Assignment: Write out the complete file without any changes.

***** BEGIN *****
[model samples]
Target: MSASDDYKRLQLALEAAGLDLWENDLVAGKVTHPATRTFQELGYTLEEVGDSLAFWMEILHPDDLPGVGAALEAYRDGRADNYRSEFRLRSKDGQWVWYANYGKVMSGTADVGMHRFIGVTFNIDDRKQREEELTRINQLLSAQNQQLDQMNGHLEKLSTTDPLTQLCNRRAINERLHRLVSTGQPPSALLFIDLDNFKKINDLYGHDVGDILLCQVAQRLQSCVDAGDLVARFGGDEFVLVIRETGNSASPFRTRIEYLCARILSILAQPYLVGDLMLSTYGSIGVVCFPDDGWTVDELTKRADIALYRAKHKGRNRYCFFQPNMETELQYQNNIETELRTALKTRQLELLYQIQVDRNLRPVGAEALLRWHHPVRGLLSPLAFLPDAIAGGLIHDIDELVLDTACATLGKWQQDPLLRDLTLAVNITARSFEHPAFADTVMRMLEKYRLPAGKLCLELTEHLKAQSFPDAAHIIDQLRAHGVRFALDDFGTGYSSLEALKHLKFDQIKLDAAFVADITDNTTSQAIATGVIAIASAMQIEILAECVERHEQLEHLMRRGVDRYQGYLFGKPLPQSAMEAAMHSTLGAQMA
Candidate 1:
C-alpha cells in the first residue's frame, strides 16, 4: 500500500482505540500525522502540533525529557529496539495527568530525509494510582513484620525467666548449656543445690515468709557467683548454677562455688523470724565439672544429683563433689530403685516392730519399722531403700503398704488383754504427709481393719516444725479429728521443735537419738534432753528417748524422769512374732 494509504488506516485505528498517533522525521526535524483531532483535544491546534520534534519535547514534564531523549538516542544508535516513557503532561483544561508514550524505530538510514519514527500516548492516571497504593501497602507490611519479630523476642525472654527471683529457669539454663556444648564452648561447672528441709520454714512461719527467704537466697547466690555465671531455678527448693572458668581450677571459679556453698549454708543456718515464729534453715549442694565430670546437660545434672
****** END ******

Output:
[model samples]
Target: MSASDDYKRLQLALEAAGLDLWENDLVAGKVTHPATRTFQELGYTLEEVGDSLAFWMEILHPDDLPGVGAALEAYRDGRADNYRSEFRLRSKDGQWVWYANYGKVMSGTADVGMHRFIGVTFNIDDRKQREEELTRINQLLSAQNQQLDQMNGHLEKLSTTDPLTQLCNRRAINERLHRLVSTGQPPSALLFIDLDNFKKINDLYGHDVGDILLCQVAQRLQSCVDAGDLVARFGGDEFVLVIRETGNSASPFRTRIEYLCARILSILAQPYLVGDLMLSTYGSIGVVCFPDDGWTVDELTKRADIALYRAKHKGRNRYCFFQPNMETELQYQNNIETELRTALKTRQLELLYQIQVDRNLRPVGAEALLRWHHPVRGLLSPLAFLPDAIAGGLIHDIDELVLDTACATLGKWQQDPLLRDLTLAVNITARSFEHPAFADTVMRMLEKYRLPAGKLCLELTEHLKAQSFPDAAHIIDQLRAHGVRFALDDFGTGYSSLEALKHLKFDQIKLDAAFVADITDNTTSQAIATGVIAIASAMQIEILAECVERHEQLEHLMRRGVDRYQGYLFGKPLPQSAMEAAMHSTLGAQMA
Candidate 1:
C-alpha cells in the first residue's frame, strides 16, 4: 500500500482505540500525522502540533525529557529496539495527568530525509494510582513484620525467666548449656543445690515468709557467683548454677562455688523470724565439672544429683563433689530403685516392730519399722531403700503398704488383754504427709481393719516444725479429728521443735537419738534432753528417748524422769512374732 494509504488506516485505528498517533522525521526535524483531532483535544491546534520534534519535547514534564531523549538516542544508535516513557503532561483544561508514550524505530538510514519514527500516548492516571497504593501497602507490611519479630523476642525472654527471683529457669539454663556444648564452648561447672528441709520454714512461719527467704537466697547466690555465671531455678527448693572458668581450677571459679556453698549454708543456718515464729534453715549442694565430670546437660545434672